If you are using the long days of summer to catch up on your genealogy research, you will want to check out a site from the Government of Canada. Log on to www.canada.gc.ca and you will find many interesting and helpful links. For searching French Canadian roots, there are sites such as “Fichier Origine”, which is “…part of a franco-québécois research project on the family origins of French emigrants and foreigners established in Quebec, from the beginning up to 1865” as well as the National Library and Archives or Quebec, “Composed of civil status registers from 1635 to 1900 (baptisms, marriages, burials), notarial records from the mid-17th century to the 1920s and surveyors’ records, mostly from the 19th century.”
Click on the “Canadian Genealogy and History Links” tab, and you will find information organized by a variety of themes, including a comprehensive list of links for military information, which makes fascinating and education reading. Find out about actual Canadian WWI pilots who earned the title of “Ace” (click on “Aces of Canada”), or more about WWI, including the home front and women’s roles in WWI (click on “An Archival Look at WW1”). Click on “Books of Remembrance” for names of those who Canadians who died during or after wars.
Gain an insider’s perspective on all aspects of war by clicking on “Canadian Letters and Images” which contain collections of letters and images from men and women who served in the armed forces. Their letters are fascinating reading; take, for example, excerpts of this letter from George Adkins, a young soldier who emigrated to Canada from England before the war, and enlisted in March, 1915. This letter was dated December 18, 1915, from France.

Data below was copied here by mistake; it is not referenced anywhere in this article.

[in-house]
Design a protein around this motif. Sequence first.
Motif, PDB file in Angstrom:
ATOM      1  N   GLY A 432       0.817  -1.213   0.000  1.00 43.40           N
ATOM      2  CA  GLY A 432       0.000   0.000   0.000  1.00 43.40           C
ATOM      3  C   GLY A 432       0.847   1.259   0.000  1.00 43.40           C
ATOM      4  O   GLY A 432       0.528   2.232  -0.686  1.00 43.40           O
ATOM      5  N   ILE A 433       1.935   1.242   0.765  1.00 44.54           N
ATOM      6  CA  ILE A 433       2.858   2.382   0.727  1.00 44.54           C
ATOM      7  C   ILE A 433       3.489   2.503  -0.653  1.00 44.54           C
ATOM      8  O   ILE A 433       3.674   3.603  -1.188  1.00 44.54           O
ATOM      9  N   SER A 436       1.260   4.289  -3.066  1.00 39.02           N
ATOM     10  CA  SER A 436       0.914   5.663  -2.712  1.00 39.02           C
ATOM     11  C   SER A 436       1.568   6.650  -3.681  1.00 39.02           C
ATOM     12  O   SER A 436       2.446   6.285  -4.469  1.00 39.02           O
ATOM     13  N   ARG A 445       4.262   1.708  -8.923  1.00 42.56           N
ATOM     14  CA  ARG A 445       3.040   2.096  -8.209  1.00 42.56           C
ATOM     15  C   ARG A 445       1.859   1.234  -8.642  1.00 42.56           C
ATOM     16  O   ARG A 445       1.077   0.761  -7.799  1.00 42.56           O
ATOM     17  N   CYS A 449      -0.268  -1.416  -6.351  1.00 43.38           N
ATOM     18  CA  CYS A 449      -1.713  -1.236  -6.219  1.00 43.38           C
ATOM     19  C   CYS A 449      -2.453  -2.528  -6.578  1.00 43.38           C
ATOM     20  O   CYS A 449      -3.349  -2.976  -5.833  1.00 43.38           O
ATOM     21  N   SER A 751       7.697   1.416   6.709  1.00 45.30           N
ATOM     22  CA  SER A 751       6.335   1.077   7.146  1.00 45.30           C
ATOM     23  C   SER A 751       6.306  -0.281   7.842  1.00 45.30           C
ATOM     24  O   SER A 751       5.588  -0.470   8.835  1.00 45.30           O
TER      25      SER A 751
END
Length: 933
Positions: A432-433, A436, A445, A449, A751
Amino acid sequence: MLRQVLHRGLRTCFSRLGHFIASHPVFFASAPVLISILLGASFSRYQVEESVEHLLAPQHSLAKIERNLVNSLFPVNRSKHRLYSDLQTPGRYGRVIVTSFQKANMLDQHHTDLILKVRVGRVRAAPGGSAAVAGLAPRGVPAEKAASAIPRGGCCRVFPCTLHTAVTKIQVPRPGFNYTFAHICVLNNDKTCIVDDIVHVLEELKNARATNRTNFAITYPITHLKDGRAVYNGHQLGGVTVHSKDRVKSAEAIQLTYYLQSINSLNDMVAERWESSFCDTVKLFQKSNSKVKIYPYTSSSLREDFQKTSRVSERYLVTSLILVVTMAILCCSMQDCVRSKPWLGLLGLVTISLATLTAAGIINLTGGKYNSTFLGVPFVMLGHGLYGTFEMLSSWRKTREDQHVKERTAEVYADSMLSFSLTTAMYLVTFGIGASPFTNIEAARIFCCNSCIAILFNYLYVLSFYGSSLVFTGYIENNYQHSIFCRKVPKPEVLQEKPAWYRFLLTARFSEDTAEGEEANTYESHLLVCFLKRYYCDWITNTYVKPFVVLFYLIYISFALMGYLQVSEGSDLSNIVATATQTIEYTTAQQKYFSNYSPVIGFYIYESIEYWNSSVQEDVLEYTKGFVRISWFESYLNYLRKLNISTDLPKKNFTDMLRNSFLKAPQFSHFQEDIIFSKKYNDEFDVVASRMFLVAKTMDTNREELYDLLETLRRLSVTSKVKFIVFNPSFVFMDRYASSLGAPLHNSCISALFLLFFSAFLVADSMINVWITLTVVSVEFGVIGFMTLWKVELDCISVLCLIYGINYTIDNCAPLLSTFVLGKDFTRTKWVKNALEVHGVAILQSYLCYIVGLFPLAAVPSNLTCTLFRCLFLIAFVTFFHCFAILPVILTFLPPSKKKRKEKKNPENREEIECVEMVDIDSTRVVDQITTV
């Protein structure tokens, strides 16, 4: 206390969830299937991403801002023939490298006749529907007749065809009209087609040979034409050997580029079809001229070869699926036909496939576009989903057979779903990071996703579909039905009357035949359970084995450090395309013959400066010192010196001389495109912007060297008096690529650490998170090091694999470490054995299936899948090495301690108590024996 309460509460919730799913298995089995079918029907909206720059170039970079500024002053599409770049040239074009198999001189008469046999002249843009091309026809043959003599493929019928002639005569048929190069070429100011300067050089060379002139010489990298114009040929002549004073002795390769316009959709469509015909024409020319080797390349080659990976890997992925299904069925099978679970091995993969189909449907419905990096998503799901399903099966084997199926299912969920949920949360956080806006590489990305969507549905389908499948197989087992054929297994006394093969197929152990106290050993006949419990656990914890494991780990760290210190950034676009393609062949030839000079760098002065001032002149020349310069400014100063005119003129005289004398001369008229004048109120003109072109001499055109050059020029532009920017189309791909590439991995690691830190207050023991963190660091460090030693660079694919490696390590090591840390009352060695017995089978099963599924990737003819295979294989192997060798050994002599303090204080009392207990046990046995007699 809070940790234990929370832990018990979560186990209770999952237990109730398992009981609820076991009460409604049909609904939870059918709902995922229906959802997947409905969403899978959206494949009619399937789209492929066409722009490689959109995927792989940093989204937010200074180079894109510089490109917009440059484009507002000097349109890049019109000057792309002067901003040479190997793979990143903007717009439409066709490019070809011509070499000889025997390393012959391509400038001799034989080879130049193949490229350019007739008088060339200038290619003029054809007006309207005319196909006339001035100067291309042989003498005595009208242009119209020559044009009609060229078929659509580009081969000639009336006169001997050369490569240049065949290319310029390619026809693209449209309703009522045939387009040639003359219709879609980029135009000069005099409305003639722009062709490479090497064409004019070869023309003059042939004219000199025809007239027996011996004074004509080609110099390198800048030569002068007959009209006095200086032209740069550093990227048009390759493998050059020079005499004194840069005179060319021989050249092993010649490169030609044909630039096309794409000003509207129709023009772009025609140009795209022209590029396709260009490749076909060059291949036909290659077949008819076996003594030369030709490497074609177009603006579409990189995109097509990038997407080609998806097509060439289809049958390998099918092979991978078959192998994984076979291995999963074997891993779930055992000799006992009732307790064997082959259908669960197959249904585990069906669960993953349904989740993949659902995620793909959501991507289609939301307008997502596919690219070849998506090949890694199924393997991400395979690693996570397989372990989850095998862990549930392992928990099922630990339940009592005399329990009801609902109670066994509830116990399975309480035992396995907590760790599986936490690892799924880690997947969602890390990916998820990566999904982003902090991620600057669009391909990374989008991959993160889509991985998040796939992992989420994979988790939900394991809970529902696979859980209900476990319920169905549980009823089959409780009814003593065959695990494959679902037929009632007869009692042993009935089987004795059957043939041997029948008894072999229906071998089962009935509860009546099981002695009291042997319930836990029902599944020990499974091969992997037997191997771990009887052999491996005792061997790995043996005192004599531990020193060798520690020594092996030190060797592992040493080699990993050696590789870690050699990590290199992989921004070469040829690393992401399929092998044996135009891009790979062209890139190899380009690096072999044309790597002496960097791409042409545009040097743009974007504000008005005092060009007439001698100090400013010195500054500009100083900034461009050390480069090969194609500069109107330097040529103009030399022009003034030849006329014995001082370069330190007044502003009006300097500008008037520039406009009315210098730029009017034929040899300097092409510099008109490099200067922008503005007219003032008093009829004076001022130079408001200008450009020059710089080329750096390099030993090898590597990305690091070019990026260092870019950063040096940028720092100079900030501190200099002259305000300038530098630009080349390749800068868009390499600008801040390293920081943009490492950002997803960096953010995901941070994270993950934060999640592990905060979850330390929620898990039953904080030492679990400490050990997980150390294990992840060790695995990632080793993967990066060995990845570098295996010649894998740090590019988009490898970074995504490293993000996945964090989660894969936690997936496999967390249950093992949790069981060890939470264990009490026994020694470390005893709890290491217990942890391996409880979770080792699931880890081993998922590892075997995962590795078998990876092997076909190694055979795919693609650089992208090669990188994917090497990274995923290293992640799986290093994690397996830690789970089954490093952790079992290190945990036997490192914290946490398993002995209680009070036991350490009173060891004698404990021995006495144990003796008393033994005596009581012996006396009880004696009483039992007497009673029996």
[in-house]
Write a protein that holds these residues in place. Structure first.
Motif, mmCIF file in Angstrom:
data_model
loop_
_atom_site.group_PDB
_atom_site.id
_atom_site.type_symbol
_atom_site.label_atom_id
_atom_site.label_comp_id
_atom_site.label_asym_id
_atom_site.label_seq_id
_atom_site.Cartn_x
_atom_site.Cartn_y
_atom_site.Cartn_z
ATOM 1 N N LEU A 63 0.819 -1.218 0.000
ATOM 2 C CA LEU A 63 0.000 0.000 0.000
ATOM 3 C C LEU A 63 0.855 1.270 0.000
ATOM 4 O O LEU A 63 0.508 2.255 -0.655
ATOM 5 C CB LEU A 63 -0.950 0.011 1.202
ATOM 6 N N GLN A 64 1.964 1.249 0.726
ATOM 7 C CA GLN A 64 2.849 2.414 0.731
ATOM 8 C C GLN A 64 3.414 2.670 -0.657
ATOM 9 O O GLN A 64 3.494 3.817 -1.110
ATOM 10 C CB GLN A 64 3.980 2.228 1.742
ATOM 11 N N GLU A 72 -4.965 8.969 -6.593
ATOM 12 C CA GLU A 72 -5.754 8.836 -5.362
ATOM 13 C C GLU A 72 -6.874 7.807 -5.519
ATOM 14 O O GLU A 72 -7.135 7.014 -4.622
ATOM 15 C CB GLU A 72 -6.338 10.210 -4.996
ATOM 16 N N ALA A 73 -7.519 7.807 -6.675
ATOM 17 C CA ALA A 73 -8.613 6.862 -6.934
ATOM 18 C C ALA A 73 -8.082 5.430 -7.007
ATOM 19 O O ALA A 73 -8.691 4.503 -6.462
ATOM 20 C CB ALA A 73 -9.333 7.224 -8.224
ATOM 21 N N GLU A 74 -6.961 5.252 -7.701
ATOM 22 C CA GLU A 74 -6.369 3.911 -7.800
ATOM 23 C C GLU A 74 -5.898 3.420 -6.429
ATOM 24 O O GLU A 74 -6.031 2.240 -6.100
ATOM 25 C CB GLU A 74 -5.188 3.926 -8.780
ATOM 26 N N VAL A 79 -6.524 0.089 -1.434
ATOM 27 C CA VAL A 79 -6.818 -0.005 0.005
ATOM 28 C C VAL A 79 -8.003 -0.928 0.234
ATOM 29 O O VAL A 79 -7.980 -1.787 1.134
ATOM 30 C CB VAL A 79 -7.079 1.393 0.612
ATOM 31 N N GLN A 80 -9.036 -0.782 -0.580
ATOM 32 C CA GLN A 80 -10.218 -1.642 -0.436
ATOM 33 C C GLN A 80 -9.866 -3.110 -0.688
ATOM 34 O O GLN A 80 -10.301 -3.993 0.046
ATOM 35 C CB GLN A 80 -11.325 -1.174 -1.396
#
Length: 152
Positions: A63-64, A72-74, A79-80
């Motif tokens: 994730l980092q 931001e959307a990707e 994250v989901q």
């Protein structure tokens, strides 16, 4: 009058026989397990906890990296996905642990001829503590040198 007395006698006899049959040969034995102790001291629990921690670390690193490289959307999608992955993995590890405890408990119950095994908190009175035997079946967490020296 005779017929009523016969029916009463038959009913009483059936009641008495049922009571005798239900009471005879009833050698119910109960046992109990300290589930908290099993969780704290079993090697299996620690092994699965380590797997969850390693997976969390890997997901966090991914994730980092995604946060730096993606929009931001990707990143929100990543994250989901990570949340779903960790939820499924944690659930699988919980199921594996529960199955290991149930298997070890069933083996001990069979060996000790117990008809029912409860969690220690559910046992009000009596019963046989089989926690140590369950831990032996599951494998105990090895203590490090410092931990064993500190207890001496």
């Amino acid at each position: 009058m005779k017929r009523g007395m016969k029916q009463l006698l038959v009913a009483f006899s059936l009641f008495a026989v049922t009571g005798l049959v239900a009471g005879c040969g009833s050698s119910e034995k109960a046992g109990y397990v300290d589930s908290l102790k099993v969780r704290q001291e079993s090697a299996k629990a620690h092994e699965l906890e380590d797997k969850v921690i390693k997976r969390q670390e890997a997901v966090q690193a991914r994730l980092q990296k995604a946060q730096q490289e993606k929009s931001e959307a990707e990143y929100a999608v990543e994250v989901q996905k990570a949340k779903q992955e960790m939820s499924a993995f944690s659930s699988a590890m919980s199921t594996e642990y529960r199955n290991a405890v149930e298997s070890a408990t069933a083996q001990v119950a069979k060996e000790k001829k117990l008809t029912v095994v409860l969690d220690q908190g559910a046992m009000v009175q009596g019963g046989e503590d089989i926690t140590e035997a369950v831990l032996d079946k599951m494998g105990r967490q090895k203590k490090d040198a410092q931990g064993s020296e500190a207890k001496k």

“My Dear Louise; We are moving from here right away so I am finishing up my last green envelope. You see these green envelopes are given out to us very gingerly so we naturally prize them. They are the only ones that are not censored by our own officers. but they may be censored at the Base. Oh say wasn’t that an awful blot on the last one I sent to you. I was addressing the envelope with a fountain pen I borrowed from another fellow. It must have looked awful when you got it & I was ashamed of it, but had no alternative owing to the shortage of these same envelopes. we don’t know just where we are going but I don’t think it will be very far from here.
We lost one of our boys out of this tent last night, he was shot through the leg. There were three of us working together on a machine gun emplacement. The bullets started coming over thick & fast till at last one hit Smithy Angus in the leg. We carried him out to the nearest dressing station but the doctor said it was not a dangerous wound, and he would not be away long. I hope he won’t as we miss him. He has been with us all the time since we started out & in this life which is as one might say just for the present, one values a real friend. …I often dream of home but the worst part of it is that one wakes up to the stern fact that it is only a dream. .. Well I will ring off now as there isn’t much to tell so good-bye dearie, with love from George”.
The Yorkton Branch of the Saskatchewan Genealogy Society has members at all stages of genealogy research, and always welcomes new members. The first meeting of the new season will be on Tuesday, September 10 at 7:00 PM at the Western Development Museum. For more information call Dave at 783-1093 or Glenn at 782-7969. Every family has a story: discover yours with the Yorkton Genealogy Society!